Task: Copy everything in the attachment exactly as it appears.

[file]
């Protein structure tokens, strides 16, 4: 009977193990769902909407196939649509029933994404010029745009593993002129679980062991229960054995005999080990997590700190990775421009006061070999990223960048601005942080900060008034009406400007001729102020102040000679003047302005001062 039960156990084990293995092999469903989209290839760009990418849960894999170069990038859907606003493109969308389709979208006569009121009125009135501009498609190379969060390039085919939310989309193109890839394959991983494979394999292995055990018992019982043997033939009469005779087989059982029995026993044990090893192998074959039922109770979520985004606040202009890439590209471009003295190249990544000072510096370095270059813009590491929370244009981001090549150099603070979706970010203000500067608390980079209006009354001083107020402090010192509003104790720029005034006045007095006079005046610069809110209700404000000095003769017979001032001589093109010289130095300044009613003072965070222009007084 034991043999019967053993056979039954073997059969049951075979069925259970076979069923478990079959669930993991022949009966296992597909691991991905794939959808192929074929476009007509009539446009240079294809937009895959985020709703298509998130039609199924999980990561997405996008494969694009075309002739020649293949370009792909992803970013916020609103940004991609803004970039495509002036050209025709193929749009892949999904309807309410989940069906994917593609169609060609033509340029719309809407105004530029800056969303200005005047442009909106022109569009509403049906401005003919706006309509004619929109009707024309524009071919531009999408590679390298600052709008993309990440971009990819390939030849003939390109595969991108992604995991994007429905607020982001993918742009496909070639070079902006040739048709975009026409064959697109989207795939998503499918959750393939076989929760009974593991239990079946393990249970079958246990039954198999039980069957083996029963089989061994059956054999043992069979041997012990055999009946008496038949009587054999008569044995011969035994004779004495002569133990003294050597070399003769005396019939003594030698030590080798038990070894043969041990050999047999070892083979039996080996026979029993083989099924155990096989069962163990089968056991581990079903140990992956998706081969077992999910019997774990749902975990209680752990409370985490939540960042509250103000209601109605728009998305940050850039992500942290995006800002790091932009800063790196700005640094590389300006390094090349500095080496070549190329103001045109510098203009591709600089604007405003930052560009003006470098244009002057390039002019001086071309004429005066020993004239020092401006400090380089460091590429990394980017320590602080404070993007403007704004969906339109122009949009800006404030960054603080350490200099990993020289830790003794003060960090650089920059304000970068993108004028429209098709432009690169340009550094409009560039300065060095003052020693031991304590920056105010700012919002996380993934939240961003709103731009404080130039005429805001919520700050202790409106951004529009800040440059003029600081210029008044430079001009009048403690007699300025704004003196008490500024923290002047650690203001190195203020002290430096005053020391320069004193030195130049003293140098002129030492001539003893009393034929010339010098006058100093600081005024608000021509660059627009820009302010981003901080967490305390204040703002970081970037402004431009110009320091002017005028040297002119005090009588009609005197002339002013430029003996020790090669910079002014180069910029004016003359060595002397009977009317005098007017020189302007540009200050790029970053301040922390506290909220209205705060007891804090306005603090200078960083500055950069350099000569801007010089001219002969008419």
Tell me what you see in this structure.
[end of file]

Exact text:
């Protein structure tokens, strides 16, 4: 009977193990769902909407196939649509029933994404010029745009593993002129679980062991229960054995005999080990997590700190990775421009006061070999990223960048601005942080900060008034009406400007001729102020102040000679003047302005001062 039960156990084990293995092999469903989209290839760009990418849960894999170069990038859907606003493109969308389709979208006569009121009125009135501009498609190379969060390039085919939310989309193109890839394959991983494979394999292995055990018992019982043997033939009469005779087989059982029995026993044990090893192998074959039922109770979520985004606040202009890439590209471009003295190249990544000072510096370095270059813009590491929370244009981001090549150099603070979706970010203000500067608390980079209006009354001083107020402090010192509003104790720029005034006045007095006079005046610069809110209700404000000095003769017979001032001589093109010289130095300044009613003072965070222009007084 034991043999019967053993056979039954073997059969049951075979069925259970076979069923478990079959669930993991022949009966296992597909691991991905794939959808192929074929476009007509009539446009240079294809937009895959985020709703298509998130039609199924999980990561997405996008494969694009075309002739020649293949370009792909992803970013916020609103940004991609803004970039495509002036050209025709193929749009892949999904309807309410989940069906994917593609169609060609033509340029719309809407105004530029800056969303200005005047442009909106022109569009509403049906401005003919706006309509004619929109009707024309524009071919531009999408590679390298600052709008993309990440971009990819390939030849003939390109595969991108992604995991994007429905607020982001993918742009496909070639070079902006040739048709975009026409064959697109989207795939998503499918959750393939076989929760009974593991239990079946393990249970079958246990039954198999039980069957083996029963089989061994059956054999043992069979041997012990055999009946008496038949009587054999008569044995011969035994004779004495002569133990003294050597070399003769005396019939003594030698030590080798038990070894043969041990050999047999070892083979039996080996026979029993083989099924155990096989069962163990089968056991581990079903140990992956998706081969077992999910019997774990749902975990209680752990409370985490939540960042509250103000209601109605728009998305940050850039992500942290995006800002790091932009800063790196700005640094590389300006390094090349500095080496070549190329103001045109510098203009591709600089604007405003930052560009003006470098244009002057390039002019001086071309004429005066020993004239020092401006400090380089460091590429990394980017320590602080404070993007403007704004969906339109122009949009800006404030960054603080350490200099990993020289830790003794003060960090650089920059304000970068993108004028429209098709432009690169340009550094409009560039300065060095003052020693031991304590920056105010700012919002996380993934939240961003709103731009404080130039005429805001919520700050202790409106951004529009800040440059003029600081210029008044430079001009009048403690007699300025704004003196008490500024923290002047650690203001190195203020002290430096005053020391320069004193030195130049003293140098002129030492001539003893009393034929010339010098006058100093600081005024608000021509660059627009820009302010981003901080967490305390204040703002970081970037402004431009110009320091002017005028040297002119005090009588009609005197002339002013430029003996020790090669910079002014180069910029004016003359060595002397009977009317005098007017020189302007540009200050790029970053301040922390506290909220209205705060007891804090306005603090200078960083500055950069350099000569801007010089001219002969008419």
Tell me what you see in this structure.